Archives for January 2015

Heading into the Weekend

Some of the pop in volatility this week is starting to be wrung out as the markets close the week. On Thursday we saw a nice reversal across the board, however the internal numbers were nothing to write home about. Additionally, I would have much preferred to see the lows from at 2015, if not December 2014 breached before the reversal took hold. That would have given a good flush to weak handed holders.

For now, the major indices remain in the two month trading range without a huge edge either way. Sector leadership is also unwavering and favoring the defensive areas like healthcare, biotech, utilities and REITs. Homebuilding is the outlier leader on a short-term basis.

Unless something changes dramatically by 4pm, the stock market will close down for the second straight month with the “all important” month of January being negative…

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Fed Day Model and Trend

The FOMC concludes their two day meeting today, surviving the “epic” and “historic” blizzard. The model for the trading day is to see stocks in a plus or minus range of 0.50%, but generally we see mildly rising prices until 2pm and then increased volatility with an upward bias to the close.

The Fed trend is to be long the stock market from yesterday’s close to today’s close based on a variety of historical factors. That trend has an accuracy rate of 77%. Should the market end higher today, it would set up another trend for stocks to be lower tomorrow although not as strong as today’s trend.

Expectations are for the Fed to do absolutely nothing at today’s meeting, but everyone will be parsing the statement for clues that the FOMC will forestall raising rates until late this year or even into 2016. You already know that I vehemently disagree with any rate hike anytime soon and believe that QE should not have ended. I have said this for years, but I will say it again. Our economy and to some degree, our markets, are not strong enough to stand on their own two feet.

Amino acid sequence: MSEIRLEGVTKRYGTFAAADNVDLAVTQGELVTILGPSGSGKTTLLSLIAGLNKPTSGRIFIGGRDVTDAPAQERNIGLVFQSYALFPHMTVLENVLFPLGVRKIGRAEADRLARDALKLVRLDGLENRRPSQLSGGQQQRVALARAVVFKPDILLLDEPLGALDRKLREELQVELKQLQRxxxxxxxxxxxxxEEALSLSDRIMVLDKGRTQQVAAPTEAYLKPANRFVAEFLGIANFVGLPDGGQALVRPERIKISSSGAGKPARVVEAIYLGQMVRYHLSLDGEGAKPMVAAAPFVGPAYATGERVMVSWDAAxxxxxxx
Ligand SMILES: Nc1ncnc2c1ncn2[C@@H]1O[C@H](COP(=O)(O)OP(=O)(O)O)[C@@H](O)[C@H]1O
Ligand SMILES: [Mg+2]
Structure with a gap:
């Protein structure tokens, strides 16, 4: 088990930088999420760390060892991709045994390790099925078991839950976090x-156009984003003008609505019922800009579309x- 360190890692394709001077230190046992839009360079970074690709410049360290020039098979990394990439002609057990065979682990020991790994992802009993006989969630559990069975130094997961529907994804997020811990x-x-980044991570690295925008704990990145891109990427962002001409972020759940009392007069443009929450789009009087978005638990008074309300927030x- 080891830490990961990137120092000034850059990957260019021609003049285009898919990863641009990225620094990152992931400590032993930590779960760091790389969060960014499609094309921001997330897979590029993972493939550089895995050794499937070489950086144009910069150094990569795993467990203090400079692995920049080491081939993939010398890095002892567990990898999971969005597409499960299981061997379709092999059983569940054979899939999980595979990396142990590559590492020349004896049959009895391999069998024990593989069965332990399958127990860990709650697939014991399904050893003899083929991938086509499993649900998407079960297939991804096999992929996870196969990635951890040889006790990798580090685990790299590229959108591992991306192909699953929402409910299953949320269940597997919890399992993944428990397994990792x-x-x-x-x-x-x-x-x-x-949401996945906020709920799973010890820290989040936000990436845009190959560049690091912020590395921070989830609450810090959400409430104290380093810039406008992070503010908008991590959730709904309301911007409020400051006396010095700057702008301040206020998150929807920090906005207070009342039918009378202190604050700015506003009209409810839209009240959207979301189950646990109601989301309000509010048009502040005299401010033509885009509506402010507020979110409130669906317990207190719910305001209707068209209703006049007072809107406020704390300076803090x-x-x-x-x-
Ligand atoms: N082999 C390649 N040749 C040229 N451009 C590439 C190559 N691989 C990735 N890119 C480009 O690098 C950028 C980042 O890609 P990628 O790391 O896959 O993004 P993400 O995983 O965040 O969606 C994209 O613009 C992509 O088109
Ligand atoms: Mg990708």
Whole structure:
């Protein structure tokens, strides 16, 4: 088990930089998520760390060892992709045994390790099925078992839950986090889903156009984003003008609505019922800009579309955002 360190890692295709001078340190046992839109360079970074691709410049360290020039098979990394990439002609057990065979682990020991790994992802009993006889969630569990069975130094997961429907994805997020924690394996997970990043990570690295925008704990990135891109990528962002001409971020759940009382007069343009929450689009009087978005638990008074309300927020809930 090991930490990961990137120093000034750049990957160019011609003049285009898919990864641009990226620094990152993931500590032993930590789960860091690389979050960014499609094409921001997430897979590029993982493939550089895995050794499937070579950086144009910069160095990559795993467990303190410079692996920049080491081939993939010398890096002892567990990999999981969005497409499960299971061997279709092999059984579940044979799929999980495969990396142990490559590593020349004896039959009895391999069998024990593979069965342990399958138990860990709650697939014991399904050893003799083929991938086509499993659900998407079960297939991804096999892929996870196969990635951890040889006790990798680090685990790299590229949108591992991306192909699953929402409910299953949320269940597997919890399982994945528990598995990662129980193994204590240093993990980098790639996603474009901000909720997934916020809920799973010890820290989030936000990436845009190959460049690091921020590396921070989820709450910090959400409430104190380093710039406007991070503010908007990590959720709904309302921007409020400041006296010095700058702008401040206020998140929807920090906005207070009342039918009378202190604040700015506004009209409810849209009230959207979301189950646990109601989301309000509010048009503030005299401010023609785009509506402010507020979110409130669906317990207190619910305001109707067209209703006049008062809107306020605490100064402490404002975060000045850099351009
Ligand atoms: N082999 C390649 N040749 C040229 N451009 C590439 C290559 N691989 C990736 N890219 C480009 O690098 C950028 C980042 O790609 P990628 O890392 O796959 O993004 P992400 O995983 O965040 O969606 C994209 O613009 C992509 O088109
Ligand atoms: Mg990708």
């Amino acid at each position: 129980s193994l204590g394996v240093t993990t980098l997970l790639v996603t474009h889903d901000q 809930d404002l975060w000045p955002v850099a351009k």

We can argue whether we should have QE’ed $5 trillion at all, but once the program began, it has to be seen to its rightful end. I don’t believe the Fed did that.

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Bears to Pounce at the Open

Stocks look to open sharply lower this morning on a variety of news events, although none that are singularly that bad. Greece is in the headlines yet again and frankly, if they are going to exit, let’s just get it over with. Their economy and market is not even a rounding error in the grand scheme of things, but a Grexit will open the door to the southern European countries saber rattling about an exit if they are not bailed out.

The open should put the major indices close to saying “hello” to last Thursday’s low, which is the line in the sand on a closing basis for the bulls over the short-term. On a day like this, I always look closely at which sectors lead and lag. I am most interested to see if the previous leaders are still leading or the previous laggards are still lagging.

I would fully expect to see treasury bonds and corporates rally today along with gold, REITs and maybe utilities. Tech should be under strong pressure given Microsoft’s big earnings miss. Most important, today’s close will be very telling.

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Lots of News This Week

While last week was certainly news filled, this week will be even busier as the northeast plans for another snowmageddon. At the bus stop this morning, our new neighbors who are from Dublin talked about the more than 10 cases of water they bought. When I stopped laughing, I asked them what they planned to do with all that water. And while they were at it, I asked them if they also bought canned goods and ammo! That conversation gave me a good chuckle to start my day.

After the blizzard prep, we will be hearing about the actual “epic” and “historic” storm until the clean up takes over. Although I would rather head to Vermont like I did when the 40 inch “epic” and “historic” storm hit two years ago, I promised my wife that I would stay home since they are forecasting high winds and possible power outages. What kind of father and husband would I be if I celebrated a powder day while my family was stuck home freezing?!?!